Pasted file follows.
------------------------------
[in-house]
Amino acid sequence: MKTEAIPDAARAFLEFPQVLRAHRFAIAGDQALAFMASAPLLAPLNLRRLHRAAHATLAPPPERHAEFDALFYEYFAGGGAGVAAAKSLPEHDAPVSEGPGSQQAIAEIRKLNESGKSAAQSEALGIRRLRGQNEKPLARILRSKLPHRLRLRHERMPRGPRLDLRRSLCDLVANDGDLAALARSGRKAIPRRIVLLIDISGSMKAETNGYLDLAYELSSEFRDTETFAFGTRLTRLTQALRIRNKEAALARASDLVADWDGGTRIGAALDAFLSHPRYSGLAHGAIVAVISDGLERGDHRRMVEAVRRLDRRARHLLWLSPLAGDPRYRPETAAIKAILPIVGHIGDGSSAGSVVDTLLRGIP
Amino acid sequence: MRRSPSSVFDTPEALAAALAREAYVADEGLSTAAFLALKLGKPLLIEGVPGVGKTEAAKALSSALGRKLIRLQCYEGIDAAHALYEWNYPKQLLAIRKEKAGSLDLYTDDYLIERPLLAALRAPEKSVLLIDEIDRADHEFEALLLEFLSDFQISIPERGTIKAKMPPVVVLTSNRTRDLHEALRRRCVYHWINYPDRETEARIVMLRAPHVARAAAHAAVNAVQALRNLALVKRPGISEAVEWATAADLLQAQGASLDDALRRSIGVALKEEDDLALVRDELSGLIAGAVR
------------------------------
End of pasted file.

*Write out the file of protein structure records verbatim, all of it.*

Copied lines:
[in-house]
Amino acid sequence: MKTEAIPDAARAFLEFPQVLRAHRFAIAGDQALAFMASAPLLAPLNLRRLHRAAHATLAPPPERHAEFDALFYEYFAGGGAGVAAAKSLPEHDAPVSEGPGSQQAIAEIRKLNESGKSAAQSEALGIRRLRGQNEKPLARILRSKLPHRLRLRHERMPRGPRLDLRRSLCDLVANDGDLAALARSGRKAIPRRIVLLIDISGSMKAETNGYLDLAYELSSEFRDTETFAFGTRLTRLTQALRIRNKEAALARASDLVADWDGGTRIGAALDAFLSHPRYSGLAHGAIVAVISDGLERGDHRRMVEAVRRLDRRARHLLWLSPLAGDPRYRPETAAIKAILPIVGHIGDGSSAGSVVDTLLRGIP
Amino acid sequence: MRRSPSSVFDTPEALAAALAREAYVADEGLSTAAFLALKLGKPLLIEGVPGVGKTEAAKALSSALGRKLIRLQCYEGIDAAHALYEWNYPKQLLAIRKEKAGSLDLYTDDYLIERPLLAALRAPEKSVLLIDEIDRADHEFEALLLEFLSDFQISIPERGTIKAKMPPVVVLTSNRTRDLHEALRRRCVYHWINYPDRETEARIVMLRAPHVARAAAHAAVNAVQALRNLALVKRPGISEAVEWATAADLLQAQGASLDDALRRSIGVALKEEDDLALVRDELSGLIAGAVR